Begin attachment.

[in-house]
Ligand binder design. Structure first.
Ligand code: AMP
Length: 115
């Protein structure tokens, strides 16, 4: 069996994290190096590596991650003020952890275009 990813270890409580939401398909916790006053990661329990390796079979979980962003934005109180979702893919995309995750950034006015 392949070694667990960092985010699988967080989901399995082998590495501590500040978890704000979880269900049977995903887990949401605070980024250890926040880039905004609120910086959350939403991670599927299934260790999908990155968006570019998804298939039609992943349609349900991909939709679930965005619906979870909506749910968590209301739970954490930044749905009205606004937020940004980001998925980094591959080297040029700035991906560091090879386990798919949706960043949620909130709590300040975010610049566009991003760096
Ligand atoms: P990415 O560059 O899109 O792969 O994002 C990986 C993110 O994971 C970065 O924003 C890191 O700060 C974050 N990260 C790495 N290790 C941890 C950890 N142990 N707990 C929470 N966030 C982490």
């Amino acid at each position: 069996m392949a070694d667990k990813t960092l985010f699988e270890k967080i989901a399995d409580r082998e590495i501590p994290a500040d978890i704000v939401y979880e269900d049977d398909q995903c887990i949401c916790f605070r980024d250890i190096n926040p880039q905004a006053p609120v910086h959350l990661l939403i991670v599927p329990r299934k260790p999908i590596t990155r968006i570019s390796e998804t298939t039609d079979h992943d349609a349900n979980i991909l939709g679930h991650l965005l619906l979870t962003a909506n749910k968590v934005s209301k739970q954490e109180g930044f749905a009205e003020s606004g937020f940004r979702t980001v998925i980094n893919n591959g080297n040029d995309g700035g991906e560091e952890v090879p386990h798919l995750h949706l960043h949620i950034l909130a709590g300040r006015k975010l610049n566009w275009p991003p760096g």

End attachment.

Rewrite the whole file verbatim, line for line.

[in-house]
Ligand binder design. Structure first.
Ligand code: AMP
Length: 115
């Protein structure tokens, strides 16, 4: 069996994290190096590596991650003020952890275009 990813270890409580939401398909916790006053990661329990390796079979979980962003934005109180979702893919995309995750950034006015 392949070694667990960092985010699988967080989901399995082998590495501590500040978890704000979880269900049977995903887990949401605070980024250890926040880039905004609120910086959350939403991670599927299934260790999908990155968006570019998804298939039609992943349609349900991909939709679930965005619906979870909506749910968590209301739970954490930044749905009205606004937020940004980001998925980094591959080297040029700035991906560091090879386990798919949706960043949620909130709590300040975010610049566009991003760096
Ligand atoms: P990415 O560059 O899109 O792969 O994002 C990986 C993110 O994971 C970065 O924003 C890191 O700060 C974050 N990260 C790495 N290790 C941890 C950890 N142990 N707990 C929470 N966030 C982490």
């Amino acid at each position: 069996m392949a070694d667990k990813t960092l985010f699988e270890k967080i989901a399995d409580r082998e590495i501590p994290a500040d978890i704000v939401y979880e269900d049977d398909q995903c887990i949401c916790f605070r980024d250890i190096n926040p880039q905004a006053p609120v910086h959350l990661l939403i991670v599927p329990r299934k260790p999908i590596t990155r968006i570019s390796e998804t298939t039609d079979h992943d349609a349900n979980i991909l939709g679930h991650l965005l619906l979870t962003a909506n749910k968590v934005s209301k739970q954490e109180g930044f749905a009205e003020s606004g937020f940004r979702t980001v998925i980094n893919n591959g080297n040029d995309g700035g991906e560091e952890v090879p386990h798919l995750h949706l960043h949620i950034l909130a709590g300040r006015k975010l610049n566009w275009p991003p760096g």